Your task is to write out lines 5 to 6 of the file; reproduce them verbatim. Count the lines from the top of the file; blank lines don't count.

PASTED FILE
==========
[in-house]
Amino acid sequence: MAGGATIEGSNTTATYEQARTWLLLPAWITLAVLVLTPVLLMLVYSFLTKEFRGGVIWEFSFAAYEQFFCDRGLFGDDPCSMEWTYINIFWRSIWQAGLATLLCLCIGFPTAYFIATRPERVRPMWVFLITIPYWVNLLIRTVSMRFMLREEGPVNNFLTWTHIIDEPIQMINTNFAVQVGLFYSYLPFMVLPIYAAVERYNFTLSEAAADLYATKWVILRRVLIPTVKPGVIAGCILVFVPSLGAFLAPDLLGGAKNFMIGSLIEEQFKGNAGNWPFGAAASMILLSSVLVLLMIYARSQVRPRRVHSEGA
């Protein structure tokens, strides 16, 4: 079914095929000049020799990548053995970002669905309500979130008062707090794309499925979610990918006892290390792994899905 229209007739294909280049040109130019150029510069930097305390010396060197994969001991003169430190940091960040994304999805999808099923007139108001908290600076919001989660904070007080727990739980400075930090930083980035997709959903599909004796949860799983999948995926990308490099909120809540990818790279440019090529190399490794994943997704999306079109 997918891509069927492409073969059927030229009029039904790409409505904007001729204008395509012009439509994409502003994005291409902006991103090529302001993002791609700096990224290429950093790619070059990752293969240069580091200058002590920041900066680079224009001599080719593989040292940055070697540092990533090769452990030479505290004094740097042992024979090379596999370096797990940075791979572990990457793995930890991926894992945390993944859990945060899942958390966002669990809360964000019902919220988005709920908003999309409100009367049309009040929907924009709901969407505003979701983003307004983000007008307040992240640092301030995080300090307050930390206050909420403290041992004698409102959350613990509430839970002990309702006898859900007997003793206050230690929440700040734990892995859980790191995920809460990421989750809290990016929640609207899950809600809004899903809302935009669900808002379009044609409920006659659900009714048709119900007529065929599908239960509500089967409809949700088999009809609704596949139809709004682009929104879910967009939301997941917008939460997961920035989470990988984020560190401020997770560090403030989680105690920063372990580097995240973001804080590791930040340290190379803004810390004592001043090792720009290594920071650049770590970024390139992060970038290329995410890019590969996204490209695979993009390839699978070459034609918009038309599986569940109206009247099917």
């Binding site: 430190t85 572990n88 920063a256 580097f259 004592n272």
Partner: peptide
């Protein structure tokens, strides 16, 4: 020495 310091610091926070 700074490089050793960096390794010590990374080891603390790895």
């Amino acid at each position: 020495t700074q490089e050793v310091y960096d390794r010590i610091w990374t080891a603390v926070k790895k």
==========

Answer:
Partner: peptide
């Protein structure tokens, strides 16, 4: 020495 310091610091926070 700074490089050793960096390794010590990374080891603390790895």